Psychic Trauma

I came to an important realization recently. People can get sick and not be aware they are ill.  Mentally.

Someone mentioned to me the Epstein-Barr virus (EBV).  This is the germ which causes mononucleosis, which often amounts to a bad cold that teenagers often catch from what they thought were hidden romantic encounters.  I did a little research and found that very nearly everyone ends up testing positive for antibodies to EBV – which means that very nearly everyone has been infected and recovered.  But I found out that not everyone recovers fully.  This is a herpesvirus, which means that some unfortunate individuals will have the disease lie dormant in their bodies for years – and some will suffer symptoms that are difficult to explain, until it is found that the EBV has emerged and again become active in the patient’s body.  This led me to discover an analogy which is useful to me, and I share it in hopes it will be useful to you also:

When someone is in a car crash and their spine is fractured, we would not expect them to shake it off and keep living a normal life without medical care.  When someone played football in school and a knee was injured, we think very little of their complaints of a “bum knee” for the rest of their life, especially when the weather changes.  But psychic injuries generally are not thought of in the same way.  If someone lives through a traumatic event without physical hurt, for the most part they are expected to shake it off and keep on living life normally – and this is a great mistake.

The spirit of a man is as much a part of him as his body.  Just as a physical injury can cause emotional symptoms (e.g., getting depressed because you’re stuck in a wheelchair) so can psychic injuries cause physical symptoms (flu-like symptoms, panic attacks, etc).

If someone has a bad experience, it can leave them with an emotional “bum knee” for the rest of their life.  What a psychiatrist might call an emotional trigger is the equivalent of our former footballer’s weather change which brings the “old knee pains” back.  We expect our friend with the bum knee to show up to work, perhaps with a brace on the knee, even in bad weather.  What kind of brace can be put on the spirit which is reminded of bad times?  There’s nothing, really.  With no sign of physical injury to keep us from showing up to work, we have “no real excuse” for not being functional. But the brains are scrambled a little bit and the person is dysfunctional.  This is a disorder, caused by stress after a trauma. Post Traumatic Stress Disorder.  A freak-out, brought on by apparently nothing – but it isn’t from nothing.  It’s an old injury playing up again that nobody can relate to but the wounded, or maybe some of those who have been in like condition – or a trained professional.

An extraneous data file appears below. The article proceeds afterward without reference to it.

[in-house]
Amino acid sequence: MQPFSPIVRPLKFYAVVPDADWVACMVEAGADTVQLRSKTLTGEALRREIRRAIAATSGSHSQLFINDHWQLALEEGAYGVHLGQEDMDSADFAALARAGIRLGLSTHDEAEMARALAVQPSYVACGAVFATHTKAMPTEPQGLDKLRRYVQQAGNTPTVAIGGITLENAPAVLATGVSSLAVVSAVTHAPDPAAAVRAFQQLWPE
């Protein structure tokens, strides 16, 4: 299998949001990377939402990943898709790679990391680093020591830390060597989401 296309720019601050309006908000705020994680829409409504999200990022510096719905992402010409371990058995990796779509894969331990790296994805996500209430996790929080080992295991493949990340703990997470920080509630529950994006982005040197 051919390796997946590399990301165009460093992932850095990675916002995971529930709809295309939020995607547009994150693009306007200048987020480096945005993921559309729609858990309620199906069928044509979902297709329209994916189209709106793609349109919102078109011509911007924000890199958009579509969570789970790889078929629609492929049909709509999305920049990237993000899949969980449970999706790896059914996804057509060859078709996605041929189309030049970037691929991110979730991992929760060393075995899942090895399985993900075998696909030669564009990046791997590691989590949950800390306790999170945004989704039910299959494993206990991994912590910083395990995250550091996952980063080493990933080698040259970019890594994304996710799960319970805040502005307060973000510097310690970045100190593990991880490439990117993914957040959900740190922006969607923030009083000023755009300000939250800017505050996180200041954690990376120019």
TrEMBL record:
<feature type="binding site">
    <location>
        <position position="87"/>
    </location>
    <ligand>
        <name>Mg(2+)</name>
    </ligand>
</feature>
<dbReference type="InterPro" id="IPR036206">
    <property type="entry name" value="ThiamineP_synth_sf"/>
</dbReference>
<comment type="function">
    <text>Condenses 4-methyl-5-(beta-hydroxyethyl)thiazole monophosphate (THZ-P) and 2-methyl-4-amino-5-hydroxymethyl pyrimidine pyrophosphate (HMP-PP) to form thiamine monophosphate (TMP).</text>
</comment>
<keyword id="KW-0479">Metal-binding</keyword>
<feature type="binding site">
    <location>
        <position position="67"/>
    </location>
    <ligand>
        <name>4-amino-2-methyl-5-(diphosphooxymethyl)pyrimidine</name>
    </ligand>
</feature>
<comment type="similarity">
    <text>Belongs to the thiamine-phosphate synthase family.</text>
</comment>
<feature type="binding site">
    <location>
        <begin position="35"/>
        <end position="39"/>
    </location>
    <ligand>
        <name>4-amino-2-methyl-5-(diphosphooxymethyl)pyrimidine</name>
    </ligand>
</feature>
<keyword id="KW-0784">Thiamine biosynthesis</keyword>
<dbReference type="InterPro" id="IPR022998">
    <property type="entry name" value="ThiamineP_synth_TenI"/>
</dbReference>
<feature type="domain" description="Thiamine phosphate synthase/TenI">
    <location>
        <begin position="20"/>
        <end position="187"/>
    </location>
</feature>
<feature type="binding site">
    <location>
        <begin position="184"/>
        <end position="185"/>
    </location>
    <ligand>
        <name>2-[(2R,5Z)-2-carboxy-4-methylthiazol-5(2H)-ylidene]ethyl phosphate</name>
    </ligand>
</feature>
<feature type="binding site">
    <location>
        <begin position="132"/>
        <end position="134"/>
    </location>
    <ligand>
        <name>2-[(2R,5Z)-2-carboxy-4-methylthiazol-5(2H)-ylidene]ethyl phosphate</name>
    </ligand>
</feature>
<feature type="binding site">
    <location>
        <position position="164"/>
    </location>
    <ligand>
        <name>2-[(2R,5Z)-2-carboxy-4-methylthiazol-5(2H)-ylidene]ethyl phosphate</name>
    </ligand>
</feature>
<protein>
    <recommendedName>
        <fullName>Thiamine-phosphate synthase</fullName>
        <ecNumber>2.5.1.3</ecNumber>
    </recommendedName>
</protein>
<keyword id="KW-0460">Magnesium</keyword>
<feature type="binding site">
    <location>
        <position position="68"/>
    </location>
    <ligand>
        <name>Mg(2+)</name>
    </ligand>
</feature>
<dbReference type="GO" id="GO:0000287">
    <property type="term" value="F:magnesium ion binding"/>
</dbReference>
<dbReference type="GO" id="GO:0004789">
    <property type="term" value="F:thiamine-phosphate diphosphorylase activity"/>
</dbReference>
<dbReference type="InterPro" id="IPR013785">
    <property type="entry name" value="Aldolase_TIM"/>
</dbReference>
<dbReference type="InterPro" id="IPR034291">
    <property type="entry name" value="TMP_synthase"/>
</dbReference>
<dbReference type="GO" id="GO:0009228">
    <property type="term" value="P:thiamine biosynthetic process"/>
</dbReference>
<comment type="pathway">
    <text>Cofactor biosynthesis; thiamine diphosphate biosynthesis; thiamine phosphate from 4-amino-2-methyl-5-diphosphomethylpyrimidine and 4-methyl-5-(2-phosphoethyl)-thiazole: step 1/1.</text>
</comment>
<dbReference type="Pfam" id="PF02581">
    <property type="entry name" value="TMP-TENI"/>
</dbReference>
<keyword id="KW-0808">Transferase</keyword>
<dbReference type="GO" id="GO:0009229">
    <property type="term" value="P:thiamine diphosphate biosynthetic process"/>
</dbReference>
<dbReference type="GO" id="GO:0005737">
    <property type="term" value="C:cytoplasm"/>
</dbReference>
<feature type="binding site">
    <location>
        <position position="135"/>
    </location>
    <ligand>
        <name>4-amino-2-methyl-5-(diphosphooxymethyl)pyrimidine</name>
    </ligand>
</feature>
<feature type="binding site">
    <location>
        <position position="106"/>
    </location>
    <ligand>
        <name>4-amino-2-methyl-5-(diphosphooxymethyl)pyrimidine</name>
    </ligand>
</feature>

If someone has the sniffles, they should take Sudafed. If someone has emotional sniffles, it’s not so easy. Some people meditate or do breathing or mindfulness exercises to relax. If someone has a broken ankle, they should go to a doctor. If someone has a broken spirit – they should also go to a doctor.  Check your insurance plan, it is probably covered as much as physical medical treatment.

It may be worth noting that this is a layman’s perspective and I might have used the wrong words. Psyche, mind, spirit, emotions, vital force, chi, whatever you want to call the non-physical aspect of a man is what I’m talking about here. If you can’t get past the question of terminology and see the point at which I am driving, feel free to get stuffed.

Scientists Fit Good Data To Bad, Global Warming Resumes

This is as much an online placeholder for me as for you. In the future, when people wonder “what do you mean, scientists adjust the temperature data to make it look warmer?” I can point them to this article right here. One of the two satellite-based temperature records wasn’t showing any warming, so the guys doing the recording have decided to make their very good data fit some iffy data, so it will agree with the politicians’ conclusions.